Two years ago, when I was a reporter for a daily newspaper, I was talking to a man who works as a financial adviser for a nonprofit agency. He had retired early and now worked as a volunteer, helping people get their financial house in order. He knew a lot about economics, and he cheerfully told me that the recession was over.
“But when will it feel like it’s over?” I asked.
Confidently, he told me that it would no longer feel like a recession by the end of summer 2010.
I’m still waiting.
Churches, too are feeling the pinch – I hear it from our clients. The problem is, the needs of ministry don’t wait just because the economy is depressed. Your missions need funding. Your growing congregations need new buildings.
That’s why many churches are looking to online giving for new stewardship opportunities. Especially during the summer months, when families go away on vacation and forget to put their offering check in the mail, online giving can help bolster your stewardship program. It’s no surprise.
Here are a few numbers worth noting:
- According to the Pew Internet Project, nearly 80 percent of American adult internet users go online in an average day.
- Computer use among those 65 and older has doubled in the last five years. For Americans over the age of 55, Internet use has more than tripled.
- In the fourth quarter of 2010 alone, US online spending totaled $43.4 billion dollars – that’s an 11 percent increase over the same period of the previous year, according to a report by comScore.
- According to Target Analytics, the percentage of individual charitable giving that was done online doubled in from 2005 to 2009.
- In surveys, those who have not yet given online say they are completely open to the idea. It’s not that they’ve avoided giving online because they’re afraid of spending online; they just haven’t done it yet.
Increasingly, these Americans are also going online to give to the causes and institutions that are close to their hearts.
Gordon Christopher, chief operating officer at The Church at Battle Creek, saw the trends.
“So many people do most of their banking online,” he said. Why wouldn’t they want to do their tithes and offerings online as well? Gordon began researching online giving. It doesn’t take much research to become convinced that Online Giving is hugely beneficial for churches.
TCABC decided to offer online giving on its website, and they chose a solution that integrated easily into their existing financial management software. The congregation responded immediately.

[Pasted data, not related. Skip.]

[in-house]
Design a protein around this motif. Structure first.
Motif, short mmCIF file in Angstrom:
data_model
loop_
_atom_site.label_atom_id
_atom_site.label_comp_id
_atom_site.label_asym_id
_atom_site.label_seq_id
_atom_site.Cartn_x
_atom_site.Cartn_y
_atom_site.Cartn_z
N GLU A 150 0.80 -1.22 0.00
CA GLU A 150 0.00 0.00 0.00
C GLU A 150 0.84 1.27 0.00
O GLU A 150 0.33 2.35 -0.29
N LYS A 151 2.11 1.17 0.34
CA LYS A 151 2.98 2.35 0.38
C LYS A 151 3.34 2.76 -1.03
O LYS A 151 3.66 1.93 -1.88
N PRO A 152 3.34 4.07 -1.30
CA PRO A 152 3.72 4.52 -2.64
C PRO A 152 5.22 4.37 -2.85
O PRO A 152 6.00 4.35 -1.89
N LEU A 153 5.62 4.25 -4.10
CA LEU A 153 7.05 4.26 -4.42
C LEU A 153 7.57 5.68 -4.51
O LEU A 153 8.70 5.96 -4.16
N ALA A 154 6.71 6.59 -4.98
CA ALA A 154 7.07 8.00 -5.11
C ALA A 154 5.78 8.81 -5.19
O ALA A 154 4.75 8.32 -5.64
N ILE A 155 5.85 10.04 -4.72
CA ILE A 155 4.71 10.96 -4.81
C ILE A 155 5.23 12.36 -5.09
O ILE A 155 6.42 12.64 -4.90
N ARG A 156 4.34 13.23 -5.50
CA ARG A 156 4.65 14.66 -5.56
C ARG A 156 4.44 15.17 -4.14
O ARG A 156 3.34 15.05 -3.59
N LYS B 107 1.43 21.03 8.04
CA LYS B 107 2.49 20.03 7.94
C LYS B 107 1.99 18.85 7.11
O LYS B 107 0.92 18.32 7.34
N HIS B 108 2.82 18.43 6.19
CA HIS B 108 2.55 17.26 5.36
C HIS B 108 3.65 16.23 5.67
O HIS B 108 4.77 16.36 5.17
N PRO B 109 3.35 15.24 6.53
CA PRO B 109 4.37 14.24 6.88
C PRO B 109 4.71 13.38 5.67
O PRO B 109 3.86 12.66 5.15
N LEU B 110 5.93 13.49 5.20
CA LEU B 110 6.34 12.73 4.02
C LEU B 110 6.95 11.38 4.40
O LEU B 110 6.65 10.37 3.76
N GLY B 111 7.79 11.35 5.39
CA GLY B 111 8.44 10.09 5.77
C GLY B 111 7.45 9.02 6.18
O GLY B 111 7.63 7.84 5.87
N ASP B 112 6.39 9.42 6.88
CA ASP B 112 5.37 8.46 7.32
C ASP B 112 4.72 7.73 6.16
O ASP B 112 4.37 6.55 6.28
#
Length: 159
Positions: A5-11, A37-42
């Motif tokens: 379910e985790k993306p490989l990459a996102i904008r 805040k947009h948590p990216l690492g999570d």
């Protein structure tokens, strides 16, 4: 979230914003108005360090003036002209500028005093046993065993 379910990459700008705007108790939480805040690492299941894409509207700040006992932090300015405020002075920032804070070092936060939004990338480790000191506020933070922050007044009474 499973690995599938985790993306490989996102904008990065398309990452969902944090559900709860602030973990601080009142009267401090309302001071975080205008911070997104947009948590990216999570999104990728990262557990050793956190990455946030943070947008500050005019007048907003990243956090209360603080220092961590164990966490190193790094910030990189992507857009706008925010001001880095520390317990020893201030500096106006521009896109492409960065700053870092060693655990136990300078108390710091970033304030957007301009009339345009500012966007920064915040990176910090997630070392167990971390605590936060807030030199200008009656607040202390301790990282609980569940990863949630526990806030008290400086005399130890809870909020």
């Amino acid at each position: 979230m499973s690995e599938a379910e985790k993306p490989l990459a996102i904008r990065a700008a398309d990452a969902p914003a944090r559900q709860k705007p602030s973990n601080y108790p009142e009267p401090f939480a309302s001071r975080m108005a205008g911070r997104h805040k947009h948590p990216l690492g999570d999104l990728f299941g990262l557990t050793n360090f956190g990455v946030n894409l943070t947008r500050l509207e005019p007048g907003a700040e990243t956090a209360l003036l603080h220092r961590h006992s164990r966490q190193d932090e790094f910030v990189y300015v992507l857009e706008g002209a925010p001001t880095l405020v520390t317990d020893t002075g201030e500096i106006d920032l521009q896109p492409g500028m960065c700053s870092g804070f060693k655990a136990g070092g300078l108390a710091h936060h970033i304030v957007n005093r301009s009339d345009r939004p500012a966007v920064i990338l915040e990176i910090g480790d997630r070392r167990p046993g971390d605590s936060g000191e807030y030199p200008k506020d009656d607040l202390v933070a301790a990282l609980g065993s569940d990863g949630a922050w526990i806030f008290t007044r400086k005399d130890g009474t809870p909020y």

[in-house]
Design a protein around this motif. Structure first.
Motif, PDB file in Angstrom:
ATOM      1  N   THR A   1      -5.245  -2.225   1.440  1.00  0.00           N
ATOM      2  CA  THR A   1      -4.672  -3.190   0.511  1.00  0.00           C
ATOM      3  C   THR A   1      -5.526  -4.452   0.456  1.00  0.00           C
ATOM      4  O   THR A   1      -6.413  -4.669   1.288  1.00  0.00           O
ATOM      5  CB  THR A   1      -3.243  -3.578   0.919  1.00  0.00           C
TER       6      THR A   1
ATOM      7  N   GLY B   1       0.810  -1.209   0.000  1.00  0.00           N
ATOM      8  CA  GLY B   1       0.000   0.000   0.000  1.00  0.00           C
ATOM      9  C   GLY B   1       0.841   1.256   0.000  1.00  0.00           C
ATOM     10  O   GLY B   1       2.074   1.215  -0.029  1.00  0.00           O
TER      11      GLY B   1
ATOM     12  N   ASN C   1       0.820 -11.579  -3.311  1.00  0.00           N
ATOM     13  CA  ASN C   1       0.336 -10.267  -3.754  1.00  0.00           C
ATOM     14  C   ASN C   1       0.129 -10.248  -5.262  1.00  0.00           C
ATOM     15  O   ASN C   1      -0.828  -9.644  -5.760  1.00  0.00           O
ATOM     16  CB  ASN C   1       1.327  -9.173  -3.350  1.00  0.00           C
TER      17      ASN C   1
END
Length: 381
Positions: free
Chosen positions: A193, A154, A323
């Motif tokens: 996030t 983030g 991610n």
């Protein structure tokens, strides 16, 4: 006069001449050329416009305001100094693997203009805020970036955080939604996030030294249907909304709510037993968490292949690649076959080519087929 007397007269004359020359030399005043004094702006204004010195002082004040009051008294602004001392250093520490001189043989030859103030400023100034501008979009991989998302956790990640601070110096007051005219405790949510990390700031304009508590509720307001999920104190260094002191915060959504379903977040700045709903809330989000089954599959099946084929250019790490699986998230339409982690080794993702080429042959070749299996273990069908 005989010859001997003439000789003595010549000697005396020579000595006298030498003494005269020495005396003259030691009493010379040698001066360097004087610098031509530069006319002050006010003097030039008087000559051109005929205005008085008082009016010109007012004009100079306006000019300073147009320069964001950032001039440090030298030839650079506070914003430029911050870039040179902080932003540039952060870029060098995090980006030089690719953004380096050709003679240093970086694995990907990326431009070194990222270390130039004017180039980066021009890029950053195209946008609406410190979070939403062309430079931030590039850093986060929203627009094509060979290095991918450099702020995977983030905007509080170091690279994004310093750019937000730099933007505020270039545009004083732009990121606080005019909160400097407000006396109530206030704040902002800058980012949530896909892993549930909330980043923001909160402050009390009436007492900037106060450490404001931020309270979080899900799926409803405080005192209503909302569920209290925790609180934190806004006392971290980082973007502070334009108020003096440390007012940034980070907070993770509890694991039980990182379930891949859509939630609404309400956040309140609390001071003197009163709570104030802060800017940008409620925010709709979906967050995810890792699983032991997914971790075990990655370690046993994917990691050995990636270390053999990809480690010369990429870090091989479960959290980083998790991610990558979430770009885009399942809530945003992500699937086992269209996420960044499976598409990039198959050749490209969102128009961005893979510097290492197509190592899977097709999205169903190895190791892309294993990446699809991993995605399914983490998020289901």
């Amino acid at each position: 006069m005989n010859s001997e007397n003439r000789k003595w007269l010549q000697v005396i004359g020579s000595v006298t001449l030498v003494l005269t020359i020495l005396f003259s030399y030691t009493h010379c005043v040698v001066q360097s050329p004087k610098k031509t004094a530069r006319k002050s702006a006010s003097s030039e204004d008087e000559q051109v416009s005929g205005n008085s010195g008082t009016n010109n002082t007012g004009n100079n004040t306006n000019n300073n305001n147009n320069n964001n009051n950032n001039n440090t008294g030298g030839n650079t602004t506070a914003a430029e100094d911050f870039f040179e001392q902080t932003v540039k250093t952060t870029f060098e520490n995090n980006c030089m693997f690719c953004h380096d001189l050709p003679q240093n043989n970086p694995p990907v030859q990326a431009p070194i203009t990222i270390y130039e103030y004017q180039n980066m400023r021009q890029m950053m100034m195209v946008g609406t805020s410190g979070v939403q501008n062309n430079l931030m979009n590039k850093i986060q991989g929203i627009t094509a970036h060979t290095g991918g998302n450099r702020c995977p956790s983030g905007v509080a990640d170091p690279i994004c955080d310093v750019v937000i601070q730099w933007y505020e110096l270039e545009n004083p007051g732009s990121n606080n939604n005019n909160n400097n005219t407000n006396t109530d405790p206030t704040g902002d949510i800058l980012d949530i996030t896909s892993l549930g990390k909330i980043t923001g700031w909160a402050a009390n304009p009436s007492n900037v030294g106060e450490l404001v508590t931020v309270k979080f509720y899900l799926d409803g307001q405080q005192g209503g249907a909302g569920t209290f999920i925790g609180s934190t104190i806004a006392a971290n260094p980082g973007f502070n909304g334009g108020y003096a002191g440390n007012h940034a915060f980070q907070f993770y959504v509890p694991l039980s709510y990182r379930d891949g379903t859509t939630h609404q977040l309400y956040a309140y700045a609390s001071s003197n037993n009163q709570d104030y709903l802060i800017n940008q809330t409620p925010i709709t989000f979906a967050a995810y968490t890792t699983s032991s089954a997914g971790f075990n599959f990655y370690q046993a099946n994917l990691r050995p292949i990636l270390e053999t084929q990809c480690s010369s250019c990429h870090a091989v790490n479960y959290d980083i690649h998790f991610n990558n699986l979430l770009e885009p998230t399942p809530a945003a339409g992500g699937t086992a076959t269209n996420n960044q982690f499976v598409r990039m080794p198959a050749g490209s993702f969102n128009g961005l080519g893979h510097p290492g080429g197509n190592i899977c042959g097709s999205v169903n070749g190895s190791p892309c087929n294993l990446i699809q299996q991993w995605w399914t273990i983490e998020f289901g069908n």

“Once we put it on our Web page, it just started going gangbusters,” Gordon said.
“They bank that way already,” Regina added. “It was just one more thing they could do online.”
TCABC now sees nearly 4,000 people at its services every week, and it’s involved in powerful ministry work around the world. Online giving has been a part of that success.
“It’s been a very big stimulant to our giving process,” Gordon said, and The Church at Battle Creek isn’t alone. Online giving is experiencing exponential growth for churches, ministries and nonprofits of all sizes, across the country and around the world.
If you’re ready to roll out online giving
We recently wrote about online giving in our monthly eNewsletter for clients. You can read the whole newsletter here, but here are a few tips we gathered on successful rollout:
- Communication is key: Get up in front of the congregation and tell them that online giving is available. Some pastors have even used PowerPoint slides to show congregant show it works.
- Process is important, too: It helps to carefully plan and set up the allocation of contributions before people start clicking on the “Give Now” button. Plan ahead for how those funds will work for people and where the money will go.
- Church newsletter: Include the URL for your giving portal. If you deliver a print newsletter, be sure to create a short, print-friendly version of the URL, or tell people where to find the link on your home page.
- Small groups: Make sure your small group leaders know about giving online and ask them to talk to people about it.
- Membership classes: Include the option to pledge and give online in materials you supply to new members.
- Emails: If you send large emails to congregants, it’s easy to include a link at the bottom of the email to your giving page. Don’t be shy; remember: People want to give to your ministry!
Would you like to learn more about what online giving can do for your ministry? Visit fivesundays.com.
About the author:
Eleanor Pierce began working for ACS Technologies after five years at the daily newspaper The Bulletin in Bend, Ore., where she covered arts and consumer news. While her passions are varied and include baking, dogs and yoga, she enjoys working with ACS Technologies clients and helping them work smarter.